Heiner Contemporary closes Georgetown gallery

The art gallery Heiner Contemporary, which opened in Georgetown's tony Book Hill neighborhood in the summer of 2011, closed on Jan. 4. Its last show was  "Curio," a group exhibition featuring six artists whose work shares a fascination with the oddities of nature.

Avery Lawrence's "Moving a Tree" appeared at Heiner Contemporary in 2012. (Heiner Contemporary) Avery Lawrence's "Moving a Tree" appeared at Heiner Contemporary in 2012. (Heiner Contemporary)

As directed by namesake Margaret Heiner, the gallery's programming leaned heavily toward painting, but also featured such adventurous young artists as Avery Lawrence, whose work includes sculpture, video, photography and performance. For its small size, Heiner was one of the city's most consistently exciting spaces.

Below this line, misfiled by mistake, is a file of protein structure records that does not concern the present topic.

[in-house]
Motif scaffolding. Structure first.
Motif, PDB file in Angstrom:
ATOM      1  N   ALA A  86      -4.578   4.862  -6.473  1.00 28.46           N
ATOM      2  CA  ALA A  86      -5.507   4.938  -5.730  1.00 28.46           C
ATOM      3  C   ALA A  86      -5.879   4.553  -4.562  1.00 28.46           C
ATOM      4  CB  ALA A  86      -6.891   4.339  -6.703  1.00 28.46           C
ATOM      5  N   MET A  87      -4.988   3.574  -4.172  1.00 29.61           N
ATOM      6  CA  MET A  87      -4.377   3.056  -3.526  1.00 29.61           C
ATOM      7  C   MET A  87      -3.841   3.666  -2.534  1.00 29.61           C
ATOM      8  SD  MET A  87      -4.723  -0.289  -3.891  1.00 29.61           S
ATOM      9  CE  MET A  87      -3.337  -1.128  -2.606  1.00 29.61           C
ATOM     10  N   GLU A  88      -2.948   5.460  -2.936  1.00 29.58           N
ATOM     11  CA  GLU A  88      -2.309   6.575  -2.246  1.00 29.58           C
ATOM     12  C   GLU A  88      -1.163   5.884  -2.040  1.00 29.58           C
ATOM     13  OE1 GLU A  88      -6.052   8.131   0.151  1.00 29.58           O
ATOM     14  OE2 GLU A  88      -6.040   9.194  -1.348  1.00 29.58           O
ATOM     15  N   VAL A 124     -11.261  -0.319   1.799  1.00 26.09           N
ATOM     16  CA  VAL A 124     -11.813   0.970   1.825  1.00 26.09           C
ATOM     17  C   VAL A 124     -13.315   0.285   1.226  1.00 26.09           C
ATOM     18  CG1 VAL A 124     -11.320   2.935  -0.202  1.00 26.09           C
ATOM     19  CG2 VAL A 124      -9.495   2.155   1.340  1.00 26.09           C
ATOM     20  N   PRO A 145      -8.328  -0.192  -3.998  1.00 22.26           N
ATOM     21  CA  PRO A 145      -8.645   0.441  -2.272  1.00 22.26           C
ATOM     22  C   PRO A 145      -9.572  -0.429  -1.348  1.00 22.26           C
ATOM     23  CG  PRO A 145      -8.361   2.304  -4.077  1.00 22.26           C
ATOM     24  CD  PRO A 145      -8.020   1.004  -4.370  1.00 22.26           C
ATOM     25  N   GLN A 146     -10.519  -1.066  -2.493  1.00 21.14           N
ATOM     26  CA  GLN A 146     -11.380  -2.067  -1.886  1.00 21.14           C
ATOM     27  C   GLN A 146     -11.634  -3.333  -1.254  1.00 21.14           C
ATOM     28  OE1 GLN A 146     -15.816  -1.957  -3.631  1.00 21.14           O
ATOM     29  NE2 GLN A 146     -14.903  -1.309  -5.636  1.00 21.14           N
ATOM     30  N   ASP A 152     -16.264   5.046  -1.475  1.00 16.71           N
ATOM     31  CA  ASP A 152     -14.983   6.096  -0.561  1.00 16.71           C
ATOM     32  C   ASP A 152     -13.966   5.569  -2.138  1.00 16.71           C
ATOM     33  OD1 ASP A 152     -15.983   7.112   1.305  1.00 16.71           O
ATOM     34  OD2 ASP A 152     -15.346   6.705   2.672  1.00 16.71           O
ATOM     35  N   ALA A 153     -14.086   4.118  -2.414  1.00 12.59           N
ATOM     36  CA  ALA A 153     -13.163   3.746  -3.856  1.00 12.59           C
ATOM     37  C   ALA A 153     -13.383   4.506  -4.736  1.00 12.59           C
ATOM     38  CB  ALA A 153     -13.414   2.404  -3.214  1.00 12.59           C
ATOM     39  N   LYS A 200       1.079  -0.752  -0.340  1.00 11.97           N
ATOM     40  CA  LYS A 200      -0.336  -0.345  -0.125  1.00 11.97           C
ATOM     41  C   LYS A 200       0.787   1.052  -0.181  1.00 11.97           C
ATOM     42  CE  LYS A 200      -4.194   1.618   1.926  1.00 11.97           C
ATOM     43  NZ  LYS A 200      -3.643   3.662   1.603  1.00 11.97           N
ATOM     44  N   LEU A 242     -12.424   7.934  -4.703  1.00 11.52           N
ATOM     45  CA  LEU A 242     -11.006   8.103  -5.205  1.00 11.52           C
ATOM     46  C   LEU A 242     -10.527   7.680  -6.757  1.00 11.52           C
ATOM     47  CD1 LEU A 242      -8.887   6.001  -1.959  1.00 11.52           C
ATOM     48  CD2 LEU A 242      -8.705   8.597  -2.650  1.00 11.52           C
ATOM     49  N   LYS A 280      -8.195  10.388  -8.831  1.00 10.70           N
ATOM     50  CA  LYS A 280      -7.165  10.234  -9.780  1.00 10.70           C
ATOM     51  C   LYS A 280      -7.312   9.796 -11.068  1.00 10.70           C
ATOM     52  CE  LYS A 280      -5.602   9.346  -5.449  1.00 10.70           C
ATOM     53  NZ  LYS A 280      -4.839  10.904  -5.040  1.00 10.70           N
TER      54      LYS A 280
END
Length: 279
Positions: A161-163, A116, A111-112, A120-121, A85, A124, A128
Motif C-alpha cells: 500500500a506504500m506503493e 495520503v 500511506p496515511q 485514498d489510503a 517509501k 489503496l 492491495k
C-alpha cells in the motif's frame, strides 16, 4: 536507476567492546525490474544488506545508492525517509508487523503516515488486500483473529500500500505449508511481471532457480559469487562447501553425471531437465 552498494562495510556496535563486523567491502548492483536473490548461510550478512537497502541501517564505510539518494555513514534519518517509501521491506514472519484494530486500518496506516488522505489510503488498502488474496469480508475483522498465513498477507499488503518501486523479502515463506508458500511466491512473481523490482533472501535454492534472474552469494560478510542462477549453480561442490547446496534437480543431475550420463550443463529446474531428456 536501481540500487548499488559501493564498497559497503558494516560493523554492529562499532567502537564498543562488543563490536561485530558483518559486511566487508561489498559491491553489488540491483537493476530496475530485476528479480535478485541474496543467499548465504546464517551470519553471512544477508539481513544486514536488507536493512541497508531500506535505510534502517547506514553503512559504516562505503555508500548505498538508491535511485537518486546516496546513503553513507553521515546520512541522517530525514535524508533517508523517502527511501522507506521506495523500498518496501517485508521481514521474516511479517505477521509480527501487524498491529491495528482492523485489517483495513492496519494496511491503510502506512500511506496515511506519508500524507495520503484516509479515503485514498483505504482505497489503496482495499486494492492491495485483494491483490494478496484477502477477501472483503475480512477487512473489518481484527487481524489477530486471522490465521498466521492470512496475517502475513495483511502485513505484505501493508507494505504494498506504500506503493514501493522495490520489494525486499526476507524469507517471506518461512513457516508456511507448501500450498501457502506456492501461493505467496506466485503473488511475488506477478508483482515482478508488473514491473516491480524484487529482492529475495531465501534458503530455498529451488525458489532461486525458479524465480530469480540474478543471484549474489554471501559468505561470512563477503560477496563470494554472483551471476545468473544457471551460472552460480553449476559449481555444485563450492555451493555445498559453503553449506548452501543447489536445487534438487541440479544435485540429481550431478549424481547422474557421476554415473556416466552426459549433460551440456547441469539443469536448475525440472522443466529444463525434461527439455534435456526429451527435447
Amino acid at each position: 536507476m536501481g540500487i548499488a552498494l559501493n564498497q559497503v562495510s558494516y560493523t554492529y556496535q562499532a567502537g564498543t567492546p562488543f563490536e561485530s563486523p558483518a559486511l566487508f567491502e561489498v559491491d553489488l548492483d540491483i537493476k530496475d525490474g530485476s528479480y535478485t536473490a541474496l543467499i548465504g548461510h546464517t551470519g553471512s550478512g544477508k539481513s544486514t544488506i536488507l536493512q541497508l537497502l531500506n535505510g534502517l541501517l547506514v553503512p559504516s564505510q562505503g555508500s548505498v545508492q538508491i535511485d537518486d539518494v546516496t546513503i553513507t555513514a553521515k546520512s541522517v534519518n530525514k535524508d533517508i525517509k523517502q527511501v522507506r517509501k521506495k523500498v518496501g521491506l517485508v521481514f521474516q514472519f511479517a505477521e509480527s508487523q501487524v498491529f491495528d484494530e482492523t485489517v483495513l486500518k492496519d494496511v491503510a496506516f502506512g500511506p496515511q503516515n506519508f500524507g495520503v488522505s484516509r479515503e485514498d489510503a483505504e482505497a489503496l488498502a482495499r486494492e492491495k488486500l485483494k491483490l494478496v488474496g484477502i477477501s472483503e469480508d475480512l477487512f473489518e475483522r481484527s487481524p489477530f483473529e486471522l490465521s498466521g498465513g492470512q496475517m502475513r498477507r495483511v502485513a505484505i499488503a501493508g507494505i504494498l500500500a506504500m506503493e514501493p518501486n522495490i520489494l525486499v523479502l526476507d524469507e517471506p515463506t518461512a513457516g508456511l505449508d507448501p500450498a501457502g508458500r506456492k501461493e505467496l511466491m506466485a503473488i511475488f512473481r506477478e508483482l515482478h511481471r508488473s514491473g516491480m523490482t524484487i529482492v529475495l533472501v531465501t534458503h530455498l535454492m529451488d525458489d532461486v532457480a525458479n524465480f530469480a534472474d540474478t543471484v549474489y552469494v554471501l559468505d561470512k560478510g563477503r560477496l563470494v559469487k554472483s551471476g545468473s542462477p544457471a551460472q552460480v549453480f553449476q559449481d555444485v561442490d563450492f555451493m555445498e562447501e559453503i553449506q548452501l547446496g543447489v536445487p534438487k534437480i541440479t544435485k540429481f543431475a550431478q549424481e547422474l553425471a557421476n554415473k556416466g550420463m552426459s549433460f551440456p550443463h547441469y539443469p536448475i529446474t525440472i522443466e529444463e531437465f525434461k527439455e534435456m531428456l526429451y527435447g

The move will reunite Heiner with her husband, art historian Oliver Tostmann, who was named curator of the collection at the Isabella Stewart Gardner Museum in 2011, and who had been commuting between Boston and Washington since then. This fall, Tostmann took on a new assignment — Susan Morse Hilles Curator of European Art — at the Wadsworth Atheneum. Heiner and Tostmann have a young daughter.

Though now based in Connecticut, the Heiner Contemporary brand will carry on, mainly though participation in art fairs and art consulting, and by sponsoring pop-up exhibitions.

Born and raised in Washington, D.C., Michael O’Sullivan has worked since 1993 at The Washington Post, where he covers art, film and other forms of popular — and unpopular — culture.



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